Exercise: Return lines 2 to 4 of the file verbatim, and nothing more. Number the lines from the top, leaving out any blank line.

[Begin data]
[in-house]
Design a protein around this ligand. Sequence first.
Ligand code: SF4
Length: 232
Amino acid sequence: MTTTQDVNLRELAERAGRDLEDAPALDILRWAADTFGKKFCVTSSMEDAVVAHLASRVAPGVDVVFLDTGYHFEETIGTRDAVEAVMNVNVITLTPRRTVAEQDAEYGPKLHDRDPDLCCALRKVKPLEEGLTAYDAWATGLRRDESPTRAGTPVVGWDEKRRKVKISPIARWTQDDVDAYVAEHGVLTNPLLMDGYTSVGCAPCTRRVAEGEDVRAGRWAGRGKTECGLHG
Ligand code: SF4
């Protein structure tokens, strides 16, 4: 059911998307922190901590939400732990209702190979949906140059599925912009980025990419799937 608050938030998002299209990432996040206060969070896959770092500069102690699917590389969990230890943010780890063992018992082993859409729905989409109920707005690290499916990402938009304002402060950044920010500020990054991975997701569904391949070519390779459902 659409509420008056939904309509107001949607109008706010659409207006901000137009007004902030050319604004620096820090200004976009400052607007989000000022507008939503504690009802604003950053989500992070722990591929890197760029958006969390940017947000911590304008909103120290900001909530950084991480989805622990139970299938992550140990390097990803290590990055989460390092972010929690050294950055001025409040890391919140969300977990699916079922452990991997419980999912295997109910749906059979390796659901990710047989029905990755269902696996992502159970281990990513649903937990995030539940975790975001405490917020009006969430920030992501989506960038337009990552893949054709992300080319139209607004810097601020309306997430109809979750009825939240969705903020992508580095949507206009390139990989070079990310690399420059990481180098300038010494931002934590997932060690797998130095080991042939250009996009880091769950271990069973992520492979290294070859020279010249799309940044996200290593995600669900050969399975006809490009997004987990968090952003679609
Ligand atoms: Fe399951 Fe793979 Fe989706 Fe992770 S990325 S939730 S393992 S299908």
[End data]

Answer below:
Design a protein around this ligand. Sequence first.
Ligand code: SF4
Length: 232